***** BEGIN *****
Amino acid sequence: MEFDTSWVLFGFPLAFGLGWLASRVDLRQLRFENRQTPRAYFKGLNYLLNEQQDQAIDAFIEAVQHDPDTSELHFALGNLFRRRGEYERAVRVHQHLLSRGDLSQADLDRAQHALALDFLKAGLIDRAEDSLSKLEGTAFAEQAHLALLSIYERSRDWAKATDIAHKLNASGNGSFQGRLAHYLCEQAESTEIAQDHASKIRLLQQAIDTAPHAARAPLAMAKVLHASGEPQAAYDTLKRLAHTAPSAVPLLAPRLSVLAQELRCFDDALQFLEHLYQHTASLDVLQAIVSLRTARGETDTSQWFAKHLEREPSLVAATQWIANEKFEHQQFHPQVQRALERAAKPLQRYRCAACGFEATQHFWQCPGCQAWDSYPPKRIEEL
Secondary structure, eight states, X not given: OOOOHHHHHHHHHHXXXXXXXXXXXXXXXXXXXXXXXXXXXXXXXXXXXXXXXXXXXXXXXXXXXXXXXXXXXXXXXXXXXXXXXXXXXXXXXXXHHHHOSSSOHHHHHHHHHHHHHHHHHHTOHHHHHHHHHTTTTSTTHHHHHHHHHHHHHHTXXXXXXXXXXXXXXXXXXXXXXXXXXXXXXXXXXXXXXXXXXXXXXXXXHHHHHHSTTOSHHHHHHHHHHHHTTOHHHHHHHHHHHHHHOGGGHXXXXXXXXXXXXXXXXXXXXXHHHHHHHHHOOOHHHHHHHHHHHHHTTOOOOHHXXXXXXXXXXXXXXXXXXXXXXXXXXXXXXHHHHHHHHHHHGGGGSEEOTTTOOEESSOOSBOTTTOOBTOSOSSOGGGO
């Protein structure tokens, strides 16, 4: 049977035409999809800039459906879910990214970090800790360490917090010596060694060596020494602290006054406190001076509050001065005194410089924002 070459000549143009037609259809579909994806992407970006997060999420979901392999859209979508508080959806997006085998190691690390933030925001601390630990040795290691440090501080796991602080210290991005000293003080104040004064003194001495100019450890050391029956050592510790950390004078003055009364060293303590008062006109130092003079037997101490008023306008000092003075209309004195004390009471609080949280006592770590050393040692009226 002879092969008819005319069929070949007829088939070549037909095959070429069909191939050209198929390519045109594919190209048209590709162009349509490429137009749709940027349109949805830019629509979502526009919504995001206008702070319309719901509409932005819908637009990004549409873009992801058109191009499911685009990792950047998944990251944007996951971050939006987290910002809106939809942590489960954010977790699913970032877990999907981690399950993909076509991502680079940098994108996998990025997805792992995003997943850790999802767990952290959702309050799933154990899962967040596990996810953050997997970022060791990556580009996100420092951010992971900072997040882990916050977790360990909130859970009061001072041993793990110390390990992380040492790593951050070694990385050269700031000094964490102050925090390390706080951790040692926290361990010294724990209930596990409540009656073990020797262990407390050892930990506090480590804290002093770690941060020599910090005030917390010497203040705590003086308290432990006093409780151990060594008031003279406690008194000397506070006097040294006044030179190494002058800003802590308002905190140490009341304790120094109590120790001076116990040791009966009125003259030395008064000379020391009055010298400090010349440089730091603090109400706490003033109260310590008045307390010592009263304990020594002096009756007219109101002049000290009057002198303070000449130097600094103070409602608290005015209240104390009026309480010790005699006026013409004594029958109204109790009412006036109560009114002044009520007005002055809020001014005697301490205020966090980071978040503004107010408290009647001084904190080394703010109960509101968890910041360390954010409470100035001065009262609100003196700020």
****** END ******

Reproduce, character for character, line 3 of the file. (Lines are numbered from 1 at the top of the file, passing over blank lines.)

């Protein structure tokens, strides 16, 4: 049977035409999809800039459906879910990214970090800790360490917090010596060694060596020494602290006054406190001076509050001065005194410089924002 070459000549143009037609259809579909994806992407970006997060999420979901392999859209979508508080959806997006085998190691690390933030925001601390630990040795290691440090501080796991602080210290991005000293003080104040004064003194001495100019450890050391029956050592510790950390004078003055009364060293303590008062006109130092003079037997101490008023306008000092003075209309004195004390009471609080949280006592770590050393040692009226 002879092969008819005319069929070949007829088939070549037909095959070429069909191939050209198929390519045109594919190209048209590709162009349509490429137009749709940027349109949805830019629509979502526009919504995001206008702070319309719901509409932005819908637009990004549409873009992801058109191009499911685009990792950047998944990251944007996951971050939006987290910002809106939809942590489960954010977790699913970032877990999907981690399950993909076509991502680079940098994108996998990025997805792992995003997943850790999802767990952290959702309050799933154990899962967040596990996810953050997997970022060791990556580009996100420092951010992971900072997040882990916050977790360990909130859970009061001072041993793990110390390990992380040492790593951050070694990385050269700031000094964490102050925090390390706080951790040692926290361990010294724990209930596990409540009656073990020797262990407390050892930990506090480590804290002093770690941060020599910090005030917390010497203040705590003086308290432990006093409780151990060594008031003279406690008194000397506070006097040294006044030179190494002058800003802590308002905190140490009341304790120094109590120790001076116990040791009966009125003259030395008064000379020391009055010298400090010349440089730091603090109400706490003033109260310590008045307390010592009263304990020594002096009756007219109101002049000290009057002198303070000449130097600094103070409602608290005015209240104390009026309480010790005699006026013409004594029958109204109790009412006036109560009114002044009520007005002055809020001014005697301490205020966090980071978040503004107010408290009647001084904190080394703010109960509101968890910041360390954010409470100035001065009262609100003196700020």